Does war in Ukraine justify an even bigger U.S. military budget?

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Does war in Ukraine justify an even bigger U.S. military budget?

Mike Bebernes, Senior Editor – April 3, 2022

Photo illustration: Yahoo News; photos: Timothy A. Clary/AFP via Getty Images
What’s happening

The Biden administration asked Congress to approve $813 billion in defense spending in its budget for next year, $30 billion more than lawmakers allocated for 2022. The request came as part of President Biden’s sprawling $5.8 trillion budget proposal for 2023 that was released earlier this week.

“This will be among the largest investments in our national security in history,” Biden said in a speech outlining the proposal, pointedly mentioning Russia’s invasion of Ukraine. “Some people don’t like the increase, but we’re in a different world today.”

For the most part, presidential budgets are a political messaging document, since Congress has sole authority to approve government spending. Key measures in a president’s proposal are trimmed or cut out entirely by the time a final bill emerges. When it comes to defense spending, though, Congress typically meets or exceeds the presidential request. This year’s budget, for example, provided about $30 billion above what Biden requested last year.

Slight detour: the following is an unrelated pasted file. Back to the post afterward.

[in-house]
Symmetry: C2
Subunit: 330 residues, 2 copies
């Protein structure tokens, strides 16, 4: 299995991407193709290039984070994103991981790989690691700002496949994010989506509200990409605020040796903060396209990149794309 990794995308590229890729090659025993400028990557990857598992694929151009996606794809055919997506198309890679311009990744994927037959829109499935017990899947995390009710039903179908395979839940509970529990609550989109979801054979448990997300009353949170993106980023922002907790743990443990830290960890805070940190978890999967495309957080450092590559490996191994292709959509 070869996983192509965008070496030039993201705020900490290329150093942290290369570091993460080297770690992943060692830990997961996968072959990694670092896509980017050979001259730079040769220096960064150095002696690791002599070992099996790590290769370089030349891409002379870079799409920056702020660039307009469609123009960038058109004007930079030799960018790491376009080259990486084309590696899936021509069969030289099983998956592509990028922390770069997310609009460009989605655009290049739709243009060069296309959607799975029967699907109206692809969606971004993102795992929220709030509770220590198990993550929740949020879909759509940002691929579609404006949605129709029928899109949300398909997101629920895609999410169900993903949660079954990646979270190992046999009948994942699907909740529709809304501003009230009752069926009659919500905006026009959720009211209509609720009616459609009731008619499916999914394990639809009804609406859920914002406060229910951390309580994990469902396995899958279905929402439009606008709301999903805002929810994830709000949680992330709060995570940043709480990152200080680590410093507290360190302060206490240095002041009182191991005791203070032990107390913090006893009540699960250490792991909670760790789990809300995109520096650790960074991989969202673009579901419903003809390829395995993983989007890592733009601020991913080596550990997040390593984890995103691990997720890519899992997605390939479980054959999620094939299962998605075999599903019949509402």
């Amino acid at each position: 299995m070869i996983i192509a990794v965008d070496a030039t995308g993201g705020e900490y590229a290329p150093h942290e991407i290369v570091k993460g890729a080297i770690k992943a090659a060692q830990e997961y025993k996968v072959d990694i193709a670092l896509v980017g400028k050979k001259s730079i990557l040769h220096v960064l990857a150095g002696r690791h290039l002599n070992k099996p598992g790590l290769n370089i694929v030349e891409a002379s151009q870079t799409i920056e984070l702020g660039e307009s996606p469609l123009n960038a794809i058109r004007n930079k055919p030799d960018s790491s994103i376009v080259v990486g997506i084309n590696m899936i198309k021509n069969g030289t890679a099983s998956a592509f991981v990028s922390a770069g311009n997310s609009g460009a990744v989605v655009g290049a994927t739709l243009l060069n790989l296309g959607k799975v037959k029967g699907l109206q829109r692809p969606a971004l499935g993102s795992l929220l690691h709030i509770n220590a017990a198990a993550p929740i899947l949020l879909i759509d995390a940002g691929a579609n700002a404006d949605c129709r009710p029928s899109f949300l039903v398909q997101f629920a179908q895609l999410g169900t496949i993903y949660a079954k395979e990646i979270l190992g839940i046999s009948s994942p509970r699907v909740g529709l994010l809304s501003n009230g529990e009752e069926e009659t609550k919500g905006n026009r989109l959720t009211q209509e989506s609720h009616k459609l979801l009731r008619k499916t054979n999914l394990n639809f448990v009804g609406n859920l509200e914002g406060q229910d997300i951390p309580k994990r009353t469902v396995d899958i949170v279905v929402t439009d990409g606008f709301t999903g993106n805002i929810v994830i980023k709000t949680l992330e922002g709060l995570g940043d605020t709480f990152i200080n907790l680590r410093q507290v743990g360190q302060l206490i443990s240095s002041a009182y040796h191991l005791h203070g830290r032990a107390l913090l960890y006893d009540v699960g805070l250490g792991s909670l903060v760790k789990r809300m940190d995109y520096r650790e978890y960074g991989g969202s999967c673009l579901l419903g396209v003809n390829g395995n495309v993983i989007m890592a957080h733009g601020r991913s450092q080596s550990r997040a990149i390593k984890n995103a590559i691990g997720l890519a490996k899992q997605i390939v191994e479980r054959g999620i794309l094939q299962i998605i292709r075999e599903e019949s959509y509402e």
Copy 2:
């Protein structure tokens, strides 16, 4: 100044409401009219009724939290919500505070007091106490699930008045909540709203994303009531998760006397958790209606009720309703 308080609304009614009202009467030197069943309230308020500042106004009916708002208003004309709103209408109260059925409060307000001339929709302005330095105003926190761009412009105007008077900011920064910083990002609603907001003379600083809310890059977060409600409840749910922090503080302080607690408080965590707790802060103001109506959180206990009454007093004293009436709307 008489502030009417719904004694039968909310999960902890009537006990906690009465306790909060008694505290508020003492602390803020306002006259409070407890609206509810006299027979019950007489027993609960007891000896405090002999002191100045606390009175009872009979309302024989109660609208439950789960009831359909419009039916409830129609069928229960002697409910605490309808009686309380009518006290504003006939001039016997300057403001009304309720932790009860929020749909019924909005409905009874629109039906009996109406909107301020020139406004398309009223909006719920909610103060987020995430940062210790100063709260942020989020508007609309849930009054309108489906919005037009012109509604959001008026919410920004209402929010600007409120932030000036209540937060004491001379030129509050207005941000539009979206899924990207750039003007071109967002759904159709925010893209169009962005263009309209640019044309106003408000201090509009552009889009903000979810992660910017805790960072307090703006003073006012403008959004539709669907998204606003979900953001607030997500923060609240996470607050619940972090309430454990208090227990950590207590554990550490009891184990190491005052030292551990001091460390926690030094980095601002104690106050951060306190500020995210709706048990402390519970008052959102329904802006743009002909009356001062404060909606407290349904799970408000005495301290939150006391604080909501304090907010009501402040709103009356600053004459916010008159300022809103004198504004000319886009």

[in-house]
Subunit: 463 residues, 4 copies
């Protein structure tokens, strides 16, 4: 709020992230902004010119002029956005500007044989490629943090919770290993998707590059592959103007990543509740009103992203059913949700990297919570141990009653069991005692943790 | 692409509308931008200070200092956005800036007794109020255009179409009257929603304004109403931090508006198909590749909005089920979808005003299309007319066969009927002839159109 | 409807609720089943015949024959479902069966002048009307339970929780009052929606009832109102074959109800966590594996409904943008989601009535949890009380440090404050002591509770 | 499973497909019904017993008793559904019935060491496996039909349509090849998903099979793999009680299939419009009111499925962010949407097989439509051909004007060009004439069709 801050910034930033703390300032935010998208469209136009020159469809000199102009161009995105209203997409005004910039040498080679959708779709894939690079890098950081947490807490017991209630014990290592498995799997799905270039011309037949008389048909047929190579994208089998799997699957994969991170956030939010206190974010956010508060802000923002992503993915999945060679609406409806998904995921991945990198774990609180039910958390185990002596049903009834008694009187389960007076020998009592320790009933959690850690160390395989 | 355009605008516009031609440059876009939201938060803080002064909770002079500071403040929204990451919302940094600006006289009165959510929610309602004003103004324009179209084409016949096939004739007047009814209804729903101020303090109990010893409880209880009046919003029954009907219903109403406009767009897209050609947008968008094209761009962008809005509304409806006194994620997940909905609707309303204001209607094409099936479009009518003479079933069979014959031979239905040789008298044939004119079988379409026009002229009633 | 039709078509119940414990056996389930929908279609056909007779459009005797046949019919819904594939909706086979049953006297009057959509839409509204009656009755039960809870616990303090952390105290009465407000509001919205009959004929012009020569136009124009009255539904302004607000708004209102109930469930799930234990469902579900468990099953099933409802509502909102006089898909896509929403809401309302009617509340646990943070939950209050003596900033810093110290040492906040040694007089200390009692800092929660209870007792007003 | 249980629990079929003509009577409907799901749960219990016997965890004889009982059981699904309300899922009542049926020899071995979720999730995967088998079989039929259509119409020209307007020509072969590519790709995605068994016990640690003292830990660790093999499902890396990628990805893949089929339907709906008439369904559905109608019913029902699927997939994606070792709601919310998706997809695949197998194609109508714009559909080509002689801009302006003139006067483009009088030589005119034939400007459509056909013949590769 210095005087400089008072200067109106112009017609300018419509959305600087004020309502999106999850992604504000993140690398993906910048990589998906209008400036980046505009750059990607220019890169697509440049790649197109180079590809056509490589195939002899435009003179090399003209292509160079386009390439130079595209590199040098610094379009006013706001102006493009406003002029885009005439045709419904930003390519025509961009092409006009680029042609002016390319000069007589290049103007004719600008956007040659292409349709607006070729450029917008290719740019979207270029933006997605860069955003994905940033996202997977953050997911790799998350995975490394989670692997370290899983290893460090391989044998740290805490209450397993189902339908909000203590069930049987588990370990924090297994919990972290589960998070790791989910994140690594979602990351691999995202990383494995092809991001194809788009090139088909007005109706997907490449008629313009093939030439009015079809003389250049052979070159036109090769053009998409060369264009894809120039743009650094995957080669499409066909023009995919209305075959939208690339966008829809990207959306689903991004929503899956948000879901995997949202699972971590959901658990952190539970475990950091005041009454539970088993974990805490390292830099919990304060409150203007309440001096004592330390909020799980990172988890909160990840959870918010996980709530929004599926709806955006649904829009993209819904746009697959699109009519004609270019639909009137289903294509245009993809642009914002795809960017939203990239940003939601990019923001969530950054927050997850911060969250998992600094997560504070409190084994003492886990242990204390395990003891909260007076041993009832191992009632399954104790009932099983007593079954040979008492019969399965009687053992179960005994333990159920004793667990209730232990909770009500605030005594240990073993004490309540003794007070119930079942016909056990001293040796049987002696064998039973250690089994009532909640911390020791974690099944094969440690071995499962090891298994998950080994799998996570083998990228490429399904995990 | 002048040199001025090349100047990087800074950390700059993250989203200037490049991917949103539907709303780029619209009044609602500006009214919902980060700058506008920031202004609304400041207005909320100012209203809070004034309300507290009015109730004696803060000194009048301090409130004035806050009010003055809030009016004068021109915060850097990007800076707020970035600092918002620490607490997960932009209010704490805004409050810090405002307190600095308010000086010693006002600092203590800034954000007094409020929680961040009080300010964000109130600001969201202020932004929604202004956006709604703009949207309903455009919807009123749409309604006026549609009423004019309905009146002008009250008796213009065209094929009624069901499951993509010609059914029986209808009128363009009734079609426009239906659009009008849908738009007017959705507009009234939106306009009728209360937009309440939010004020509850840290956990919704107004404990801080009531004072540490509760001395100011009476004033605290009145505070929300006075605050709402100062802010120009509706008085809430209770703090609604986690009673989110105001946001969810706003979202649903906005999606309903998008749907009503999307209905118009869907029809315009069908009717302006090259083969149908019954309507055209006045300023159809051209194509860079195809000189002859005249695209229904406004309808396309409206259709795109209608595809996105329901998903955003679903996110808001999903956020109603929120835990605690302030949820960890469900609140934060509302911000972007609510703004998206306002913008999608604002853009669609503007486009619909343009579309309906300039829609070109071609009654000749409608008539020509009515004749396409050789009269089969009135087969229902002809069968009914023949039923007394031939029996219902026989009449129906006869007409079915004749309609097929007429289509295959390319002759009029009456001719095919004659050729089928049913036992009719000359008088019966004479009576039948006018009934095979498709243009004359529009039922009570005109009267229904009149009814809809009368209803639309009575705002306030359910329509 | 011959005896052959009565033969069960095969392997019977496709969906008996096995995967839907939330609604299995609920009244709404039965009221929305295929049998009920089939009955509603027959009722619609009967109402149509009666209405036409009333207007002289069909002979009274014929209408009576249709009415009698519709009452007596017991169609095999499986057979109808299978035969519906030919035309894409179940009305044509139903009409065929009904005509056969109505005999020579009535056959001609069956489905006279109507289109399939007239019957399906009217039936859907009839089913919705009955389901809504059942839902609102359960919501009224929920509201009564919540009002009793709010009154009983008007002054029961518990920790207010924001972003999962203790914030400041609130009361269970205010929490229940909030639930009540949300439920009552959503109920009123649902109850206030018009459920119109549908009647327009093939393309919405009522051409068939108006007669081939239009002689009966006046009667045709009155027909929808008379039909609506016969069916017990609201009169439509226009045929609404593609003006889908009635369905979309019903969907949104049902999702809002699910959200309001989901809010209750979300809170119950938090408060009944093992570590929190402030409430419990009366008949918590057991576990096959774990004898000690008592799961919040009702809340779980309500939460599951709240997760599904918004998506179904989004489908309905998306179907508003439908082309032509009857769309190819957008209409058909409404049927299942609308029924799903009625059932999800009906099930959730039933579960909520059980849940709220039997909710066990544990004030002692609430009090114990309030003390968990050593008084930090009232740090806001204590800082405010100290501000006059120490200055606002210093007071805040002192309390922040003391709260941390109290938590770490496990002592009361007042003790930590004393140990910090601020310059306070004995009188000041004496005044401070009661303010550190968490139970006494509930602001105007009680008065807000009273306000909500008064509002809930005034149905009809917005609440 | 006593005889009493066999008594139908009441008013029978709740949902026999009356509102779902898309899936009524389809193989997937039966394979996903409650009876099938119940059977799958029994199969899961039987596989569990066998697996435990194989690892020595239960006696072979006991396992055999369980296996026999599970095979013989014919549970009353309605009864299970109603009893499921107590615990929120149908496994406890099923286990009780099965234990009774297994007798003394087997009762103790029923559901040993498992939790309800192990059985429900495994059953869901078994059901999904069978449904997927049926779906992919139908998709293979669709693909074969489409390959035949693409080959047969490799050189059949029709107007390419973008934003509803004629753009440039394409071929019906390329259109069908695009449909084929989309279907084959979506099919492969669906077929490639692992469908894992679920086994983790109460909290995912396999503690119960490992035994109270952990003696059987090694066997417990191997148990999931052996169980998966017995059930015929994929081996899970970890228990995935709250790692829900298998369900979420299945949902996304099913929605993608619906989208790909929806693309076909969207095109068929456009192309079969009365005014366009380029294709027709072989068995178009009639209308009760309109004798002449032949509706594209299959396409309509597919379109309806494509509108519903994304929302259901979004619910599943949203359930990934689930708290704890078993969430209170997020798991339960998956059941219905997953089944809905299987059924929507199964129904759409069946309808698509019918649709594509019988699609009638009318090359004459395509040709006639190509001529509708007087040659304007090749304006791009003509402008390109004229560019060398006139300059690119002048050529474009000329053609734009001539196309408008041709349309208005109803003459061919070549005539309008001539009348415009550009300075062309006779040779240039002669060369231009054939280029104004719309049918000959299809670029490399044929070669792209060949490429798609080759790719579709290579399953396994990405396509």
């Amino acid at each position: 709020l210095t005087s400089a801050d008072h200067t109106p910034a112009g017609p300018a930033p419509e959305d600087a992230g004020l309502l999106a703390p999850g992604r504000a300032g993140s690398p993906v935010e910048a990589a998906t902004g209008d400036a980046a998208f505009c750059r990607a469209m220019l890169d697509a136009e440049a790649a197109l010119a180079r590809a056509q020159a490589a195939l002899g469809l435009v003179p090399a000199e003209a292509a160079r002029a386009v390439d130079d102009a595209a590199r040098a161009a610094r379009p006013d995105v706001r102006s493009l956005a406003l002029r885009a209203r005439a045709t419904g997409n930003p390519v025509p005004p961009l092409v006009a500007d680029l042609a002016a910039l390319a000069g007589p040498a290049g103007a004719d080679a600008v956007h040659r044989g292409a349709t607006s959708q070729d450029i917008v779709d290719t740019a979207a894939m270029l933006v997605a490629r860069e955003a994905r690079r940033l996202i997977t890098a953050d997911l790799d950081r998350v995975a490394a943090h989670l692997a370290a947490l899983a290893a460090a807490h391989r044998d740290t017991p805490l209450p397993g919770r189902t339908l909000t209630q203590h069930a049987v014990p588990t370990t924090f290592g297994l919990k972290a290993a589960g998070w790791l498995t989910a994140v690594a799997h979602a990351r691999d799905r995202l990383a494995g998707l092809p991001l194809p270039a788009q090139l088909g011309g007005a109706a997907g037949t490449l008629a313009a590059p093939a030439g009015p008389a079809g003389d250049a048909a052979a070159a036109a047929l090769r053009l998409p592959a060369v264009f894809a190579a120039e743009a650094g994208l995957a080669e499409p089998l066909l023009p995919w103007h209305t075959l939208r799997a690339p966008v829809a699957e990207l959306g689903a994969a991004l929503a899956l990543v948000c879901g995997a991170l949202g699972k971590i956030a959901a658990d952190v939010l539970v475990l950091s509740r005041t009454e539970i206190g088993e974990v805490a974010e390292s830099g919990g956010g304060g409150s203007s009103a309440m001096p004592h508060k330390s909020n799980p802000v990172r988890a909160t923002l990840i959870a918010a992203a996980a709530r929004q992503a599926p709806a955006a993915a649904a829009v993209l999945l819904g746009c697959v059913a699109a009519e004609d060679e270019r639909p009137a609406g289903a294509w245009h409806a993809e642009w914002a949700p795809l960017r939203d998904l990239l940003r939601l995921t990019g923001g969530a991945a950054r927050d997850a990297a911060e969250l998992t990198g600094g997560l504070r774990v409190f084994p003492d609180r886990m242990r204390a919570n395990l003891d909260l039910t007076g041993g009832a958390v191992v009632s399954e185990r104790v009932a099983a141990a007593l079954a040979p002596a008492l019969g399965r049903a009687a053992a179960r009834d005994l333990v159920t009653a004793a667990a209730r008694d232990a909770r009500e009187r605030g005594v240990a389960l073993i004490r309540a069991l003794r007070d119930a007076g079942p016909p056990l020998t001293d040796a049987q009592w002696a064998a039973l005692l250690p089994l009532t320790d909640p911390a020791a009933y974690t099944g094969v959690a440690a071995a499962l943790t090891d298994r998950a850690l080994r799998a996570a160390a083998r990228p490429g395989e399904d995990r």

America’s defense budget dwarfs that of any other nation and accounts for roughly 35% to 40% of all defense spending worldwide. In 2020, the U.S. spent more on defense than the next 11 highest-spending countries combined.

Why there’s debate

Defense spending proposals can be something of a no-win situation for presidents. Whatever number they put forward, it will be criticized as both wildly inflated and woefully insufficient. Biden’s budget inspired that familiar dynamic this week, but the war in Ukraine has added a new wrinkle into this well-worn debate.

Many Republicans in Washington made the case that Biden’s request is far too small to meet the challenges currently facing the U.S. around the world. They argue that competitiveness with Russia and China requires an even greater investment to ensure the U.S. has a modern military capable of winning a major war. Biden’s critics also say that his numbers are a lot less significant once last year’s inflation is taken into account.